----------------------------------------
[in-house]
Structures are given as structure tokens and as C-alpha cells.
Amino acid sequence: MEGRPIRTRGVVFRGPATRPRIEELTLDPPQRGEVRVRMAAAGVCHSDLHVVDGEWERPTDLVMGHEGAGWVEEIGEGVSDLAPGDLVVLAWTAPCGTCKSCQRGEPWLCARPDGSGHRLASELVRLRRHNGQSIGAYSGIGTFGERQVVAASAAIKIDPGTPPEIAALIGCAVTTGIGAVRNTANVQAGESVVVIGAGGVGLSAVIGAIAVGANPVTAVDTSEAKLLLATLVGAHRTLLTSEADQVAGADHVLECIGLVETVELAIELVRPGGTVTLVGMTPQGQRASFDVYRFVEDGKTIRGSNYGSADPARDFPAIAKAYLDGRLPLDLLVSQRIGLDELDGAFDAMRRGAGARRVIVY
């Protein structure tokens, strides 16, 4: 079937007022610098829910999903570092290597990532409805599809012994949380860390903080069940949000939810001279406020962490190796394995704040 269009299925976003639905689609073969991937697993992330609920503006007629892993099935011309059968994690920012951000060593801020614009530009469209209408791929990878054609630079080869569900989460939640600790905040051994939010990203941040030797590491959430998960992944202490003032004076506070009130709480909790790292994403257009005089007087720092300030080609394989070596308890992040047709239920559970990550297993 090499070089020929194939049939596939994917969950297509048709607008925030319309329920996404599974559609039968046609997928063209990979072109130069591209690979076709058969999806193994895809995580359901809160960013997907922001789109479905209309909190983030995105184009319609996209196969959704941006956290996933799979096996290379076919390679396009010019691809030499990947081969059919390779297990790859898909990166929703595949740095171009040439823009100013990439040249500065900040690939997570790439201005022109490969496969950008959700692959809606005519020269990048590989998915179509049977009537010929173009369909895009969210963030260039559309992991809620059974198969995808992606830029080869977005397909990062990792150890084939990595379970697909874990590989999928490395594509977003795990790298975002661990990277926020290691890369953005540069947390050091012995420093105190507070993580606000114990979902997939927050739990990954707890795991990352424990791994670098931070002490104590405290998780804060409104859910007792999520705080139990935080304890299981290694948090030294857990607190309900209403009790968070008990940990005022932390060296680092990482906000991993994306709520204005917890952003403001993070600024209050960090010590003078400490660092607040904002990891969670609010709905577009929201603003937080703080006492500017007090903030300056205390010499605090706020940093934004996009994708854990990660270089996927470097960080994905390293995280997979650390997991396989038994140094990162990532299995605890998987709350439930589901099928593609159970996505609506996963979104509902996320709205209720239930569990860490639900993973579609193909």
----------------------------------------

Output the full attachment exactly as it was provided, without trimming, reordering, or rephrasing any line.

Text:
[in-house]
Structures are given as structure tokens and as C-alpha cells.
Amino acid sequence: MEGRPIRTRGVVFRGPATRPRIEELTLDPPQRGEVRVRMAAAGVCHSDLHVVDGEWERPTDLVMGHEGAGWVEEIGEGVSDLAPGDLVVLAWTAPCGTCKSCQRGEPWLCARPDGSGHRLASELVRLRRHNGQSIGAYSGIGTFGERQVVAASAAIKIDPGTPPEIAALIGCAVTTGIGAVRNTANVQAGESVVVIGAGGVGLSAVIGAIAVGANPVTAVDTSEAKLLLATLVGAHRTLLTSEADQVAGADHVLECIGLVETVELAIELVRPGGTVTLVGMTPQGQRASFDVYRFVEDGKTIRGSNYGSADPARDFPAIAKAYLDGRLPLDLLVSQRIGLDELDGAFDAMRRGAGARRVIVY
């Protein structure tokens, strides 16, 4: 079937007022610098829910999903570092290597990532409805599809012994949380860390903080069940949000939810001279406020962490190796394995704040 269009299925976003639905689609073969991937697993992330609920503006007629892993099935011309059968994690920012951000060593801020614009530009469209209408791929990878054609630079080869569900989460939640600790905040051994939010990203941040030797590491959430998960992944202490003032004076506070009130709480909790790292994403257009005089007087720092300030080609394989070596308890992040047709239920559970990550297993 090499070089020929194939049939596939994917969950297509048709607008925030319309329920996404599974559609039968046609997928063209990979072109130069591209690979076709058969999806193994895809995580359901809160960013997907922001789109479905209309909190983030995105184009319609996209196969959704941006956290996933799979096996290379076919390679396009010019691809030499990947081969059919390779297990790859898909990166929703595949740095171009040439823009100013990439040249500065900040690939997570790439201005022109490969496969950008959700692959809606005519020269990048590989998915179509049977009537010929173009369909895009969210963030260039559309992991809620059974198969995808992606830029080869977005397909990062990792150890084939990595379970697909874990590989999928490395594509977003795990790298975002661990990277926020290691890369953005540069947390050091012995420093105190507070993580606000114990979902997939927050739990990954707890795991990352424990791994670098931070002490104590405290998780804060409104859910007792999520705080139990935080304890299981290694948090030294857990607190309900209403009790968070008990940990005022932390060296680092990482906000991993994306709520204005917890952003403001993070600024209050960090010590003078400490660092607040904002990891969670609010709905577009929201603003937080703080006492500017007090903030300056205390010499605090706020940093934004996009994708854990990660270089996927470097960080994905390293995280997979650390997991396989038994140094990162990532299995605890998987709350439930589901099928593609159970996505609506996963979104509902996320709205209720239930569990860490639900993973579609193909």